David Kleidermacher, chief security officer of BlackBerry issued a reaction regarding the e-mail controversy surrounding former First Lady and former Secretary of State Hillary Clinton.
Hillary Clinton’s practice of using a personal e-mail account sensitive government communication during her tenure as Secretary of State received extensive media coverage. Her detractors also questioned her motive in doing so.
Kleidermacher said politics aside, there are lessons learned from Hillary Clinton’s situation.
Hillary Clinton is an avid user of BlackBerry
It is widely-known that Hillary Clinton is an avid user of BlackBerry. Technology observers were asking if her BlackBerry could handle multiple accounts during her tenure as Secretary of State.
Technology observers noted that it wasn’t until 2013, Hillary Clinton last year at the State Department when BlackBerry Balance, a feature designed to separate personal information such as personal e-mail accounts from work data was introduced by the Canadian smartphone manufacturer.
Lessons learned from Hillary Clinton e-mail scandal
In response to speculations on Hillary Clinton’s motives and on how technology may have been use or abused in the situation, BlackBerry Security Chief Kleidermacher emphasized that security and technology depends on humans in doing the right thing. According to him, the Presidents of the United States (POTUS) could tweet top secret information, but they chose not do it.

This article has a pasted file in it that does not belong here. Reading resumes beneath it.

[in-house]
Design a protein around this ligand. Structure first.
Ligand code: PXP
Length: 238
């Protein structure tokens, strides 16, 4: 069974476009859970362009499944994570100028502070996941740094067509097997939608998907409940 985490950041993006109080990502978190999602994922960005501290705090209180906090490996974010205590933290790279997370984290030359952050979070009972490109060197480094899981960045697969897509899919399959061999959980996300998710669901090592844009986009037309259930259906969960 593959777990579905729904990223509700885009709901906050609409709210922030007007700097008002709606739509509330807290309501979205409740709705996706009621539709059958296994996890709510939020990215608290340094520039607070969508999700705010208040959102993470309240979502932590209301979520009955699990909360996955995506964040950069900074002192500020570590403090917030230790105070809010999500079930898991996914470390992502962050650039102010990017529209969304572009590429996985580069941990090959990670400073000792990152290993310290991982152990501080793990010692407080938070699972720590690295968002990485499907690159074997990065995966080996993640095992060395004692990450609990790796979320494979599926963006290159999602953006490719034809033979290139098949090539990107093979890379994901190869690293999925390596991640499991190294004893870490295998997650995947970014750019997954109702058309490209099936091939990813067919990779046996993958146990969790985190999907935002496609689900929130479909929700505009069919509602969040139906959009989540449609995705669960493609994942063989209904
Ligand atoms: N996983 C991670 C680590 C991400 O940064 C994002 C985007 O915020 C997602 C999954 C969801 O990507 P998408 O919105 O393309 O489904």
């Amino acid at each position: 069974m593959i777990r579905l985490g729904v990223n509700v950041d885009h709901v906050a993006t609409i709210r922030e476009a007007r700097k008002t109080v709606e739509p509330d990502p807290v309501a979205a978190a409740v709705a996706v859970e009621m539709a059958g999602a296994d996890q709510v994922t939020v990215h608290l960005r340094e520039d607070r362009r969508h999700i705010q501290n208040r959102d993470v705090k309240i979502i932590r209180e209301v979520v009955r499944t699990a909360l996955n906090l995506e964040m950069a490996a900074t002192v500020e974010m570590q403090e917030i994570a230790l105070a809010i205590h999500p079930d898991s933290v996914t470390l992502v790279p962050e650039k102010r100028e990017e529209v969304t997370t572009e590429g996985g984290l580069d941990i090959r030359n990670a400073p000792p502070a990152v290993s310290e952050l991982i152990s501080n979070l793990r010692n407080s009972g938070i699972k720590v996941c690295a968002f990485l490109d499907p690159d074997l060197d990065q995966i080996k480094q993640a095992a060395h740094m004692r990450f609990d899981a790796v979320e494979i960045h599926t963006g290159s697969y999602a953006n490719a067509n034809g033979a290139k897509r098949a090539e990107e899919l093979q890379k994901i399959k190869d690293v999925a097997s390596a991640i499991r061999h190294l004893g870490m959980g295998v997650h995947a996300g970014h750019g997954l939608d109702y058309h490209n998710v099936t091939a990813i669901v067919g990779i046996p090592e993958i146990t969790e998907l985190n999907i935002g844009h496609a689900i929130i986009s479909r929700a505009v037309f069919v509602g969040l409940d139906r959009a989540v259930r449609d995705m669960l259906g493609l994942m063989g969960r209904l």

Kleidermacher said we should think how to minimize privilege including access to sensitive information, and technologists must make security easy to use. He explained that users will intentionally or inadvertently circumvent controls to complete their jobs if security is difficult to use.
In addition, Kleidermacher emphasized the importance of understanding the impact of regulation in mobility for people like Hillary Clinton. The existing policy does not allow concurrent access to general internet services and a classified network on a single commercial phone known as “cross-domain solution” or CDS. He noted that cross- domain is limited only to specialized PCs and thin clients in physically secure solutions.
BlackBerry offered the ability to manage multiple e-mail accounts on a single device for decades, said Kleidermacher. However, he pointed out that the CDS policy does not apply to enterprises or the vast majority of government users.
According to him, BlackBerry’s Secure Work Space products go beyond enabling users to access their full suite of personal and work applications and securely isolating them on any device.
Furthermore, Kleidermacher said BlackBerry applies that same IT mantra of security-by-simplicity to provide a great user experience. The company ensures that its BES enterprise mobility management platform is easy to deploy and administer. He concluded that “mobile security technology must always treat productivity as a first-class requirement.”
Why Hillary Clinton used personal e-mail account
Hillary Clinton explained, “I opted for convenience to use my personal email account, which was allowed by the State Department, because I thought it would be easier to carry just one device for my work and for my personal emails instead of two.”
She also emphasized that she went “above and beyond” what was required of her to do regarding the saving official e-mails from her personal account. The State Department allowed the use of a personal e-mail account as long as she saves all records.
Hillary Clinton submitted almost 30,490 e-mails, almost 50% of the total e-mails she sent or received as Secretary of State. She did not keep her personal e-mails citing the reason that “no one wants their personal e-mails made public.” She also thinks that most people understand her reason and respect privacy.”
Republican House Speaker John Boehner is expected to announce a new investigation this week regarding the e-mail practices of Hillary Clinton as Secretary of State.